There is so much to like about life here! I love the walking that I do each day, to the market, to meet friends, to savor the views. I enjoy the international community of which I am a part now, and the friendships I’ve made. I like the tempo of life in Italy, the focus on family and friends, savoring moments together. And, I am happiest when I am sharing all of that, through my tours, with other women!
What do you find most annoying about living in Italy? 
I take my status as “guest” very seriously, and I don’t dwell on the things that annoy me in Italy. Like most, I do get frustrated with the bureaucracy of living here legally, the post office and the dirty sidewalks. However, a stop at my neighborhood panino shop for lively conversation and a Chianti with my sandwich, I quickly forget the annoyances!
What do you miss the most about life in the U.S.?
How easy it is. Everything in the U.S. is streamlined for maximum efficiency and speed! The fact that I can simultaneously run the dishwasher, washing machine AND use my hair dryer surprises me still! 
Of course, I miss my children and friends in the U.S. and am grateful for Skype!
Tell me about the tour companies you founded, A Better Way to Italy and Find Yourself in Tuscany: how did you come up with the idea, and who is your clientele?
I was approached by a lot of American women, asking if I would show them the Tuscany I was writing about for Huffington Post. The idea came from those requests. I didn’t have any previous experience in the travel industry, and have learned each step along the way.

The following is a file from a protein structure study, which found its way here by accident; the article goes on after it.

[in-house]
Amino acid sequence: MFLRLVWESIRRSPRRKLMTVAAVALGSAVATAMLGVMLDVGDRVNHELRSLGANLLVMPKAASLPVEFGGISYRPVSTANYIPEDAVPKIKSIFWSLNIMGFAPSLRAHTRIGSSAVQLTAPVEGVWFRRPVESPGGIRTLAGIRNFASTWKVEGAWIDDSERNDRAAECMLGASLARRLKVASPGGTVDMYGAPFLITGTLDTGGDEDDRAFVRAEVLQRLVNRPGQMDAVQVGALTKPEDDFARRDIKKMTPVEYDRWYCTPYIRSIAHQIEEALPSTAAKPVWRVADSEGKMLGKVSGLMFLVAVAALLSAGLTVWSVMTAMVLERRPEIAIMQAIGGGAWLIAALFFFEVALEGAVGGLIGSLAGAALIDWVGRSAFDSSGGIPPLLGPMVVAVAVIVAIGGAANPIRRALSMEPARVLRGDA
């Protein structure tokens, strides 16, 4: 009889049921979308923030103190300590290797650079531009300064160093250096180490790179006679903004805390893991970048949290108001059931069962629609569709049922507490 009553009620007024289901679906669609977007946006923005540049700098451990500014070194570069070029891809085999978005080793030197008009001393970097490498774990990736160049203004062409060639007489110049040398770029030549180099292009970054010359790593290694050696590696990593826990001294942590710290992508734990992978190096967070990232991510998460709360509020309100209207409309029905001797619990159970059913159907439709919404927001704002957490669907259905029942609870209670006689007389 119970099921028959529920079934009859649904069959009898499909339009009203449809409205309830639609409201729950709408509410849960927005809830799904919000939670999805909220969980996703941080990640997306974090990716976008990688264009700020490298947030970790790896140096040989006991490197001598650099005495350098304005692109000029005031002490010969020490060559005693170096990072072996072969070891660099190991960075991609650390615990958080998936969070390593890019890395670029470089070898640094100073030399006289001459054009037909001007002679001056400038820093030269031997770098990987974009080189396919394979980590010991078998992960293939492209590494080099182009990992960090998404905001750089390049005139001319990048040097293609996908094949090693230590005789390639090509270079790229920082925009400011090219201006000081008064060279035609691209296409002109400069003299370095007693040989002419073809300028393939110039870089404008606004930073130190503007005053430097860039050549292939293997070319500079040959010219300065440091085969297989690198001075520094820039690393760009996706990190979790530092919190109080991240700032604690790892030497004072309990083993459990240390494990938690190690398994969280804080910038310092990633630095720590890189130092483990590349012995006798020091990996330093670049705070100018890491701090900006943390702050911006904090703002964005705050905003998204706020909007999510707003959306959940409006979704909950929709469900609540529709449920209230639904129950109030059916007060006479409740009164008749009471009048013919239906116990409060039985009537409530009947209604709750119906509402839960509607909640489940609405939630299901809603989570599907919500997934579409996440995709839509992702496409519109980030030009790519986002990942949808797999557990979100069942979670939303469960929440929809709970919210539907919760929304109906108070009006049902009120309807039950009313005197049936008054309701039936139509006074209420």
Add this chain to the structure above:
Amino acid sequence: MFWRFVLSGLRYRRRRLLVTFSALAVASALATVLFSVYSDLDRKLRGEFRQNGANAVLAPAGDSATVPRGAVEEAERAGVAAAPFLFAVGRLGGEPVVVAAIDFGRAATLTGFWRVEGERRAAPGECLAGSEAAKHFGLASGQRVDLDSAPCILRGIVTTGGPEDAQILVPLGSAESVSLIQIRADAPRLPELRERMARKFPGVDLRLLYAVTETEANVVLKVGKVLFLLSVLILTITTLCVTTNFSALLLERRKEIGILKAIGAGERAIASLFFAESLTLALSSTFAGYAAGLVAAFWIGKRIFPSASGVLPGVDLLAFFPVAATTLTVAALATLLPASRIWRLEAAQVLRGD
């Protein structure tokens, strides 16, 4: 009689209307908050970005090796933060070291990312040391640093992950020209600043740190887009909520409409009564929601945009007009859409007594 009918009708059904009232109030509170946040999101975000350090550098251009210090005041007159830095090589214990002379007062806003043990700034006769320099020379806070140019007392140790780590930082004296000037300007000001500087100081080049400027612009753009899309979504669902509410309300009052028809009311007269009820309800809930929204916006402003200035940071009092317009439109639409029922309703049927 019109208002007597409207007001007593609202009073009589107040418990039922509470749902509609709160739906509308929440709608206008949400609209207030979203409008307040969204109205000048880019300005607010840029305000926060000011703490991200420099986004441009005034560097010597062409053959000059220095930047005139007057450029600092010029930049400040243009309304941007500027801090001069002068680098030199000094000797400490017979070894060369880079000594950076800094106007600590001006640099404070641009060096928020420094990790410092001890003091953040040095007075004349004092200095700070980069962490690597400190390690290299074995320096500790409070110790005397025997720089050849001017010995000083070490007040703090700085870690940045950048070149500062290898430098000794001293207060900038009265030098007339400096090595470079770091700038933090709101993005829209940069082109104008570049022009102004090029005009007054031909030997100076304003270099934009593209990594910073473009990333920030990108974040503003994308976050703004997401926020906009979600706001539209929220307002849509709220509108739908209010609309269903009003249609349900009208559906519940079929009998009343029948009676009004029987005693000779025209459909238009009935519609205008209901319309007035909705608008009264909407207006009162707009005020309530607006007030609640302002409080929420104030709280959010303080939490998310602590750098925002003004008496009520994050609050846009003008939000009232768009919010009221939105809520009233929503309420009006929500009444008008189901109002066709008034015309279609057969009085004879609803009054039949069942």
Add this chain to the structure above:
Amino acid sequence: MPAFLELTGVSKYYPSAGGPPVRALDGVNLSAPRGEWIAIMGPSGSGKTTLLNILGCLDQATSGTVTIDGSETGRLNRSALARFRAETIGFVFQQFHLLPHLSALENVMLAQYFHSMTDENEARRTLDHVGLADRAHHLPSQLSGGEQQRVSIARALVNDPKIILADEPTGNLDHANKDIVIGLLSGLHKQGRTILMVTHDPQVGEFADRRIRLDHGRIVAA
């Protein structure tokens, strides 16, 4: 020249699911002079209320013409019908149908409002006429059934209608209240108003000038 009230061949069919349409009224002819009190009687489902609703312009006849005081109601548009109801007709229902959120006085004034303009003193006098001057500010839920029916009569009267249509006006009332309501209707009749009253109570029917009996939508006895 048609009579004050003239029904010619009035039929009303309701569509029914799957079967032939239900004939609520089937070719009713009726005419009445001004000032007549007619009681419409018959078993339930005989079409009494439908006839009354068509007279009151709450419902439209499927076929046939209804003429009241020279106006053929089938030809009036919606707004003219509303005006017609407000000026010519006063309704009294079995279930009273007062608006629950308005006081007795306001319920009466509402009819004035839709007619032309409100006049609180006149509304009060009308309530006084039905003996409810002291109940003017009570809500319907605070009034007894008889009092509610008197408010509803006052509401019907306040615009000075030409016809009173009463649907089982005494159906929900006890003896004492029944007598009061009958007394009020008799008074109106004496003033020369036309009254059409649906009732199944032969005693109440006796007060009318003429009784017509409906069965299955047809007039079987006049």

Early on, I learned that relationships with the Italian people we work with and meet along the way are what make the tours so unique. My groups are treated like family at the restaurants and hotels. 
I desired to share, with women, the beauty and joy I’d discovered here. I wanted each woman to be able to relax, focus on herself, and find her own inner joy. I present classes all through the tours which are related to those subjects, and we share our stories with each well as a lot of pasta and wine! What could be better?
What advice would you give to someone looking to make the move to Italy, especially if at midlife?
I would give them the advice which I didn’t take! That advice is to come over for three months and see if it is really a life change you want to make, before you quit your job or sell your home. Tuscany holds an allure that life is totally blissful here, and all you have to do is arrive! It definitely has its challenging aspects, and I encourage people to try it out first.
Ultimately, what has this experience taught you?
Living in Italy has taught me so much about my own strength and courage. I’ve learned that I can stand on my own two feet with clarity about who I am, and what my dreams are. I’ve learned to see through the lens of a new culture, without judgement, to understand how similar we all are. What the experience has given me is beyond words! I am forever grateful to Florence for holding me while I found my wings to fly.
What’s next for you?
I’m working on a memoir of my first three years in Italy. It’s the story of how I got here, and what I learned!